How to Develop Biblical Decision-Making Skills

You know how sometimes things in the Bible just keep coming up in your life?

 

Well, for me, I keep bumping into this concept in the Bible of casting lots.

 

This goes way back to Exodus where God has told Moses (in great and specific detail) how to construct the tabernacle and all its furnishings and even how his brother, Aaron, is to be dressed as high priest. This includes an ephod (a long, sleeveless garment) to which is attached a breastplate which is adorned with twelve precious stones engraved with the names of the twelve tribes of Israel. When we get to Exodus 28:30, we find this:

And in the breastpiece of judgment you shall put the Urim and the Thummim, and they shall be on Aaron’s heart, when he goes in before the LORD. Thus Aaron shall bear the judgment of the people of Israel on his heart before the LORD regularly. (ESV)

 

Exactly what the Urim and Thummim were is unknown in this day and age. What we do know is that they were used in the casting of lots, which is mentioned 70 times in the Old Testament and seven times in the New Testament.

 

As far as we can tell from context, casting lots was a lot like rolling dice or flipping a coin. Some people believe they were one light stone and one dark stone, identical in size and shape, put into a pouch in the breastplate and withdrawn by the priest to reveal yes or no answers and/or determine guilt or innocence. The words “urim” and “thummim” have various translations and derivations, but they essentially mean, “cursed” or “faultless.” An example of using lots to determine guilt or innocence is found in Joshua 7 and in Joshua 14 we see the Urim and Thummim being employed for the very weighty decisions of dividing up the land of Israel among the 12 tribes.

 

They are also mentioned in Proverbs 16:33, where we find:

The lot is cast into the lap, but its every decision is from the LORD.

 

This leads me to believe there was more than one way to cast lots. Obviously, casting something into one’s lap is different than a priest reaching into a pouch and picking out a stone.

 

Whatever the case, the exact mechanism isn’t known, but we do know that people at the time believed God was responsible for the outcome of what the lots showed. The disciples cast lots to pick a replacement for Judas Iscariot. (Acts 1:26)

 

And in that, I find something amazing.

 

I have been on more than one committee formed to study a situation and make a decision which very easily could have been made with the flip of a coin. Typically, such a committee meets over and over again while vacillating between the choices at hand, spends a great deal of time trying to smooth over and mitigate the ensuing and inevitable personality conflicts, gathers endless conflicting information and opinions, and finally comes to the conclusion they think the boss is most likely to agree with.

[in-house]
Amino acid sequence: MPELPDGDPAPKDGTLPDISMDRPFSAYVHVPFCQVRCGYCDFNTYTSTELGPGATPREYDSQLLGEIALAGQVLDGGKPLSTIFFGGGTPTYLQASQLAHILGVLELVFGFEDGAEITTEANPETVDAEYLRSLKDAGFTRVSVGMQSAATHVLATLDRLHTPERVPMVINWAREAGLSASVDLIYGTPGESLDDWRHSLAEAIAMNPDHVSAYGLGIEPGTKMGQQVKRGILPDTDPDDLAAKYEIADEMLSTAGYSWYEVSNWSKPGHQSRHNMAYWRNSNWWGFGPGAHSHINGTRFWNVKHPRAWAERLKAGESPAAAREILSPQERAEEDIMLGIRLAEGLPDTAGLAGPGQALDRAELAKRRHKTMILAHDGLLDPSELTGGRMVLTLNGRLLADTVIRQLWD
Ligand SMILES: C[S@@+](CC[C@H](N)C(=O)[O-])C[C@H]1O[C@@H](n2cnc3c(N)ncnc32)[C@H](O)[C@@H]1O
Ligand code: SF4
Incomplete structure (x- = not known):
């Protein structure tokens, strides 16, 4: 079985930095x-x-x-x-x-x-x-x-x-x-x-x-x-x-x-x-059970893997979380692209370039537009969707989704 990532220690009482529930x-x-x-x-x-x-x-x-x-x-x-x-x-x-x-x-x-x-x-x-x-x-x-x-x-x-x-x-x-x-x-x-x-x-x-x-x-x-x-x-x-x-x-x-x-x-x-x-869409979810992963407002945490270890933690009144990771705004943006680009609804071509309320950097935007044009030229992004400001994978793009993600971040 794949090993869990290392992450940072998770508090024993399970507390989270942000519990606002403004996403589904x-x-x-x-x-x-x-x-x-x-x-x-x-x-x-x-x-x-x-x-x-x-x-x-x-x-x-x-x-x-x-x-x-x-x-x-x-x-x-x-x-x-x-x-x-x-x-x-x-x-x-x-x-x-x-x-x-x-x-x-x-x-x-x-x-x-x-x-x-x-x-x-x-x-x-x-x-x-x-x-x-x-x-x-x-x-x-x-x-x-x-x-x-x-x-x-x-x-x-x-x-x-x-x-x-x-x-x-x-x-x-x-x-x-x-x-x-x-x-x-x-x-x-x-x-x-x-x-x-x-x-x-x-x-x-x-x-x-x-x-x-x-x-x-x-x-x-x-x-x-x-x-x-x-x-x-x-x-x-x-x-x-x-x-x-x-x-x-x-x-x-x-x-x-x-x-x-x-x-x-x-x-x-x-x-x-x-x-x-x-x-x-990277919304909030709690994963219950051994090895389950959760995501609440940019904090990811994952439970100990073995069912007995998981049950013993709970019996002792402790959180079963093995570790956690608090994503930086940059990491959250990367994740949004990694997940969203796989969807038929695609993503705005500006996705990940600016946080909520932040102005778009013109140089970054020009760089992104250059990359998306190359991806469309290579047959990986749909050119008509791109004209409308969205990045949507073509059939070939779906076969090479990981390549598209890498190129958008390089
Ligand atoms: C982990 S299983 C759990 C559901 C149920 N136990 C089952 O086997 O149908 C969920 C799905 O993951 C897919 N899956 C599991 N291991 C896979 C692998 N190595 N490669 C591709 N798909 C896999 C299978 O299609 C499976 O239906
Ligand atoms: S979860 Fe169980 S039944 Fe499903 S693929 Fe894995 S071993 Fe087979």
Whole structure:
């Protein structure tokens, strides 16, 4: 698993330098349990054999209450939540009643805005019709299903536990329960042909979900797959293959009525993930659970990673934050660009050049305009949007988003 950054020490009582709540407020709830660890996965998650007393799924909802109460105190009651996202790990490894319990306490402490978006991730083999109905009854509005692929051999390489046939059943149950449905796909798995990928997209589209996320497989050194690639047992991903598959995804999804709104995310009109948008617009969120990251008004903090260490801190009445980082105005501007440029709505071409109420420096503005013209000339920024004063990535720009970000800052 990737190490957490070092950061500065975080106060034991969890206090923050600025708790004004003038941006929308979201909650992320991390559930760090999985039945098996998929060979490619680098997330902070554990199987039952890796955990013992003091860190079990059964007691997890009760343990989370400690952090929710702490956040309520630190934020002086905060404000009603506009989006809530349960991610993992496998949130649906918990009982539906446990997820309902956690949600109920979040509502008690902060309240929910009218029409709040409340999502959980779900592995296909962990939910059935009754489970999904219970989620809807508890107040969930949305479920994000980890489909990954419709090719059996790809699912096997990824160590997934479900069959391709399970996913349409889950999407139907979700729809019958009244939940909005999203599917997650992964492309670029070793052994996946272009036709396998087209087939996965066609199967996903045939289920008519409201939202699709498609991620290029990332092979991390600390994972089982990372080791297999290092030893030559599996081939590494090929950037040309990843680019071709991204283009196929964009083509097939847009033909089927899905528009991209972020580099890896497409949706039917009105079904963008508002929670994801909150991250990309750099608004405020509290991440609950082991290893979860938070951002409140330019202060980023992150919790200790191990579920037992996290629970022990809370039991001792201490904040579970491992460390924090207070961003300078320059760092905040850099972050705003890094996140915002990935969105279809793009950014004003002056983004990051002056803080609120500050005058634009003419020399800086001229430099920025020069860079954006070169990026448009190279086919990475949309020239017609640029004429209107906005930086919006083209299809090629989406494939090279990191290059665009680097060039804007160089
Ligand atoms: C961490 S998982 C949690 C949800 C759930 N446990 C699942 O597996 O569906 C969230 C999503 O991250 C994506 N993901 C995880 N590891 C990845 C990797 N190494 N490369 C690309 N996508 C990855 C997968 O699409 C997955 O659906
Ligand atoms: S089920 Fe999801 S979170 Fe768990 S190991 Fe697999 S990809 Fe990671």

God, on the other hand, has a much more efficient method.

 

“Flip a coin. I got this, folks.” (My paraphrase.)

 

It’s a beautiful, genius way to handle things.

 

I mean, if we believe that God is absolutely sovereign and in control of anything and everything, what are we worried about? If He can create the entire universe simply by speaking it into being, why can’t HE decide if the carpet in the sanctuary should be light beige or dark beige?

 

(Actually, if we truly gave Him a choice, I think He’d pick blue and purple and scarlet with threads of gold woven in like in Exodus 26. But I digress.)

 

The glory of the whole plan is that a decision gets made. God, in His incredible wisdom, mercy, and grace spares us from endless meetings and the ensuing drama of personality conflicts.

 

We roll the dice, we flip the coin, and we move on.

 

Done.

 

As I have aged, I’ve come to realize that many of the decisions I have agonized over really didn’t matter. I could have been just as happy with either decision I could have made and, on more than one occasion, the inability to make a decision resulted in not making a decision, which was effectively a decision to do nothing.

 

And, more often than not, that turned out to be the worst possible decision.

 

Obvious exceptions to this are accepting Jesus into my life and marrying my lovely wife, both of which I can categorically state are not to my glory, but His.

 

Not that long ago, somebody posted something on Facebook that was of the same kind of pure genius. This person noted that when a man and woman try to decide where they should go out to eat, the ensuing discussion can rival the Nobel Peace Prize selection process for drama and time consumed. This Solomon-like individual suggested that the man say to the woman, “Honey, guess where I am taking you to dinner?”

 

And whatever she said, that is where they ate.

 

Genius.

 

Today’s Praise

“Be strong, and let us fight bravely for our people and the cities of our God. The LORD will do what is good in his sight.” 1 Chronicles 19:13 (NIV)

 

 

 

 

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